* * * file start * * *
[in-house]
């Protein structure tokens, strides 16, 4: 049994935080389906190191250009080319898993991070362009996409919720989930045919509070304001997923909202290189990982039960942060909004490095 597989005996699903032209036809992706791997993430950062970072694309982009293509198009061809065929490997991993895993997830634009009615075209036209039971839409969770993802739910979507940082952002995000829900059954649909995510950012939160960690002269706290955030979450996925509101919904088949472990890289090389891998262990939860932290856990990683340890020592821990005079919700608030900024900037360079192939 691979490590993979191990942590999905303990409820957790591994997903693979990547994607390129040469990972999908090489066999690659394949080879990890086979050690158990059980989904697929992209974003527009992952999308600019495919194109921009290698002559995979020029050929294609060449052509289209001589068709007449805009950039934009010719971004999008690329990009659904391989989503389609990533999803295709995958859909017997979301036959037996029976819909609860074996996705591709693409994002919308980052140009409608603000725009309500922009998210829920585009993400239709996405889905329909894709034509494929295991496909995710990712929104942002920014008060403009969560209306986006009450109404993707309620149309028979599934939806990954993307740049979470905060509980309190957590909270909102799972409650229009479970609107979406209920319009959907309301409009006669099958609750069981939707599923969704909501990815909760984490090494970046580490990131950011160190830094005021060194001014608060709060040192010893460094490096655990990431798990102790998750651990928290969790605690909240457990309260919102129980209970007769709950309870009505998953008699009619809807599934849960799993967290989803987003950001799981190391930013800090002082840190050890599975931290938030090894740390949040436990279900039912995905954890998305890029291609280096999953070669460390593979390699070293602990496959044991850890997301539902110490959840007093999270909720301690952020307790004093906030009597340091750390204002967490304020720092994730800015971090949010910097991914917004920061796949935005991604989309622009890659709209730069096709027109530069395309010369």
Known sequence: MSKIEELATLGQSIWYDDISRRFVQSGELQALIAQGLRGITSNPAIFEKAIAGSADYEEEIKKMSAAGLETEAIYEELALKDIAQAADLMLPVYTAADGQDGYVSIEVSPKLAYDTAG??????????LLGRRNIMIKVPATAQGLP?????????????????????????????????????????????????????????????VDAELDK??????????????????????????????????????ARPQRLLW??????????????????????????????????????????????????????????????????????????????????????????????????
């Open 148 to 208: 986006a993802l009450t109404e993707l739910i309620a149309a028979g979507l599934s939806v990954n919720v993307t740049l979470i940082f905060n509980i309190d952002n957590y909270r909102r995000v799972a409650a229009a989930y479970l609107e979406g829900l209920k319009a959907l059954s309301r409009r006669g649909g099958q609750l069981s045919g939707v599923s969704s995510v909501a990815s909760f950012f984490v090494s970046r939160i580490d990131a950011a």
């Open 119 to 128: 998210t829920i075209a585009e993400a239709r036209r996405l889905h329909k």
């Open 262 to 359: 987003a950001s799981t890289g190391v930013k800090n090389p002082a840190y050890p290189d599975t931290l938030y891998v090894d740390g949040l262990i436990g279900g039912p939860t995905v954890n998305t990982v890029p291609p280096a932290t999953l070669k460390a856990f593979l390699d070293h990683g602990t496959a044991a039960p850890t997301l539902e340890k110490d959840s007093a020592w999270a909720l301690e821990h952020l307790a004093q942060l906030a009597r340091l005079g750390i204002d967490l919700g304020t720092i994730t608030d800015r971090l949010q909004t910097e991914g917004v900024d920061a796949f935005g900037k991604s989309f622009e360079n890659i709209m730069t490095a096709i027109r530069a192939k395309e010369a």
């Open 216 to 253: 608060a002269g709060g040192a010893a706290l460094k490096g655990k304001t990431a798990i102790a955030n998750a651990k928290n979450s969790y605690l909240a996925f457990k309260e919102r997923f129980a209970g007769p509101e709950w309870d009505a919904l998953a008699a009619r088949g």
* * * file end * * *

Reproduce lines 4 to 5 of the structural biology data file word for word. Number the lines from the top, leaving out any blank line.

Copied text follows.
């Open 148 to 208: 986006a993802l009450t109404e993707l739910i309620a149309a028979g979507l599934s939806v990954n919720v993307t740049l979470i940082f905060n509980i309190d952002n957590y909270r909102r995000v799972a409650a229009a989930y479970l609107e979406g829900l209920k319009a959907l059954s309301r409009r006669g649909g099958q609750l069981s045919g939707v599923s969704s995510v909501a990815s909760f950012f984490v090494s970046r939160i580490d990131a950011a």
């Open 119 to 128: 998210t829920i075209a585009e993400a239709r036209r996405l889905h329909k």